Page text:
The mp3 Didn’t Kill the Album After All

10-15 years ago I was telling a fellow metal- and prog-loving friend how I was then listening to my full collection of music as a random mp3 playlist. He bemoaned the impending demise of the album format:

I love albums, it’s sad to think in a few years they’ll be gone

I sympathized with the sentiment, as I also loved listening to a well-crafted album despite also appreciating the imminent convenience of the new file format.

Well, albums are not gone now, are they? What we see instead is that while the constraints of the album format have been smashed allowing for new possibilities, the conceptual grooves in the cultural consciousness have already sunk in deep and the cultural gravitational pull of the album is still strong. I would also argue that about an hour to 2 hours, for whatever reasons, seems to approach the limits of attention for a serious piece of music. Even before recording technology, Classical music works did not often go beyond an hour or an hour and a half. A Rock show rarely lasts longer than 3 hours. (Note that movies generally do not go beyond 3 hours, though they have a longer “sweet spot” at about 2 hours then does music at about 1 hour).

Despite the strong cultural gravity of the album format, we are now free to go beyond it. When digital music technology and bandwidth was limited and focused on single mp3s, it made sense that this new freedom would result in shuffle playlists at the song level. Creative remixing at this level lead to the mashup. As more bandwidth became available, we began to see this freedom applied to whole albums being mashed-up and remixed.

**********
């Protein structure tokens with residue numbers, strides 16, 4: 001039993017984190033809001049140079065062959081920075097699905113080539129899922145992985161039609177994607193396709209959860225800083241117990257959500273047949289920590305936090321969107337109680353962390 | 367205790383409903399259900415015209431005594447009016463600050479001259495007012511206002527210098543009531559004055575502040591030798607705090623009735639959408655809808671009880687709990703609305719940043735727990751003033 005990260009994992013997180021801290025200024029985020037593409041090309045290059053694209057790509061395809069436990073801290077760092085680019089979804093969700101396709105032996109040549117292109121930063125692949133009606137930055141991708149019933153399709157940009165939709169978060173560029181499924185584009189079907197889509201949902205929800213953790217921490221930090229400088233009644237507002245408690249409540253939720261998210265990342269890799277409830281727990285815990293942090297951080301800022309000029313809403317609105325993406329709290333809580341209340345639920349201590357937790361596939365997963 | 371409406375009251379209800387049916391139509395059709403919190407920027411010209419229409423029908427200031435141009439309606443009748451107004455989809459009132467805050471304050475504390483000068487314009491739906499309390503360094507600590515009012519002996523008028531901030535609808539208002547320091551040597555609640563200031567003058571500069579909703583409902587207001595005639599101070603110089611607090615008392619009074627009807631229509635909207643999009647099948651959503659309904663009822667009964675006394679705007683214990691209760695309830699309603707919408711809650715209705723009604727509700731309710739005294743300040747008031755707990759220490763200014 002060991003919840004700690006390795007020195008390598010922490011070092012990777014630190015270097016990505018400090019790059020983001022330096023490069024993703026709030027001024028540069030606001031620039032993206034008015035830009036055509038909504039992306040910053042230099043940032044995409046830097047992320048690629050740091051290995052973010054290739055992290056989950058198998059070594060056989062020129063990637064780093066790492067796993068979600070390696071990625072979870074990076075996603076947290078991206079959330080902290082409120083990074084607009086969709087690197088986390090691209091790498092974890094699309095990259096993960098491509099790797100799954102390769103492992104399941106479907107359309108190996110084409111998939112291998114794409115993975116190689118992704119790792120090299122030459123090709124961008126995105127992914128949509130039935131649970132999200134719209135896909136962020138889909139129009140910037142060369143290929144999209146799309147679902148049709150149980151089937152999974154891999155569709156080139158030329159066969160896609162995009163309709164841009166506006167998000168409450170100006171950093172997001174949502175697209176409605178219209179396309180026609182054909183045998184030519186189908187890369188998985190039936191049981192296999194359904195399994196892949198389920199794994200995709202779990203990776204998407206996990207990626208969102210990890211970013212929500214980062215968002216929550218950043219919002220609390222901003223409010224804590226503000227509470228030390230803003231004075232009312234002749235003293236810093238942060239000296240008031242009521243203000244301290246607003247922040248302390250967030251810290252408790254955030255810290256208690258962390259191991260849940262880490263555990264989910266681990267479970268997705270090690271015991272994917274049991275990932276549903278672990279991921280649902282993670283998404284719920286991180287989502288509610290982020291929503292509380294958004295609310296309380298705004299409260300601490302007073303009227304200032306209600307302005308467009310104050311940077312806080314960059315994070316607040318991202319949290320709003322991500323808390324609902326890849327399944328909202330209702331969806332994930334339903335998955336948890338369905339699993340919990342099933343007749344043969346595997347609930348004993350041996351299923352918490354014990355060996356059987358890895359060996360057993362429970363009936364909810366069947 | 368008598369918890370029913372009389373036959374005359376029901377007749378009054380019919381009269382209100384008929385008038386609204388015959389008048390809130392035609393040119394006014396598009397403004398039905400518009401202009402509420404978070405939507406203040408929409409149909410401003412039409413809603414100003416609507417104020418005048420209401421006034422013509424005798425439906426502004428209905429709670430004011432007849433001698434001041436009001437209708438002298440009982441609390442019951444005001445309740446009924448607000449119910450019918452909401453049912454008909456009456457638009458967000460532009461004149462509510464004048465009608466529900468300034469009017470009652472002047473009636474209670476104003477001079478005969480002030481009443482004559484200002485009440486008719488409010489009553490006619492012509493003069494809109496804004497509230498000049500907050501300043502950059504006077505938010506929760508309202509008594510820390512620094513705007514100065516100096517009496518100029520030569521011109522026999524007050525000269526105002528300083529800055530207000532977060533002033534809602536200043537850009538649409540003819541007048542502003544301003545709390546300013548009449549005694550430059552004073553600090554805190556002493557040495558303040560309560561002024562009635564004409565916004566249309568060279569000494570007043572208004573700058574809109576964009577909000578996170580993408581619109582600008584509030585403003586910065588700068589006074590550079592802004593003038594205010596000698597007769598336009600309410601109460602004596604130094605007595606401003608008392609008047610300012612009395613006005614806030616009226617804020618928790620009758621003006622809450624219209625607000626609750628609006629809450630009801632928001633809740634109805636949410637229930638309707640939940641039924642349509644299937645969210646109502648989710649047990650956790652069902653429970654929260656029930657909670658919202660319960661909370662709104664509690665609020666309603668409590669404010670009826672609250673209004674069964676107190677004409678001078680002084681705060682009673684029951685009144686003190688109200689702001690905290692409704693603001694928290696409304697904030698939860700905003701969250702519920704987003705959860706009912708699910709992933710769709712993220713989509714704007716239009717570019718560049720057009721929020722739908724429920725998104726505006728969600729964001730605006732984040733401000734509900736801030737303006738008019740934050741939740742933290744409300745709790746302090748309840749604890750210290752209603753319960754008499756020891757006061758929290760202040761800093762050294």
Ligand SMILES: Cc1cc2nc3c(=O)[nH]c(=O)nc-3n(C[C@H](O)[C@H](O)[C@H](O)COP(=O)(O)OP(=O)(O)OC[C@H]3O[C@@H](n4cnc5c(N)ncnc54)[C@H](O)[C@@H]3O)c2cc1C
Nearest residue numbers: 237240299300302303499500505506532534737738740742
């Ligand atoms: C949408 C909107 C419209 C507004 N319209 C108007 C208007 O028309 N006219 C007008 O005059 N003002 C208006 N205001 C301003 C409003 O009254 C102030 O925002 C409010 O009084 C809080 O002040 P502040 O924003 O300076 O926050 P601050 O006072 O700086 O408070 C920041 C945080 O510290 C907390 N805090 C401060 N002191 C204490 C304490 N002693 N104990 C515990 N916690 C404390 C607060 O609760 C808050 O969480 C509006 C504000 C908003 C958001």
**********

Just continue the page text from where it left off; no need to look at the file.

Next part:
The opening track of the And Justice for Jason… fan remix of the And Justice for All… Metallica album

Now that streaming music is now becoming the dominant format (as I argued back in 2006 should happen, to pat myself on the back), while including the previous changes wrought by the file-song (thematic or personalized “radio” streaming instead of mp3 shuffle playlist a la Pandora for example), we are now going beyond it. While also very much including the album (see full album streams on youtbube) and the concept of an album as an ~hour length work of music, we are also now transcending it. There are now youtube streams of full discographies and now we are beginning to see fan edits that play with and evolve the traditional format (see below).

Digital music didn’t kill the album. It freed it to evolve!

A youtube stream of Rainbow’s entire discography

Ax7’s entire discography sped up!

A thematic fan album of Dream Theater’s epic suites and songs compiled across several traditional albums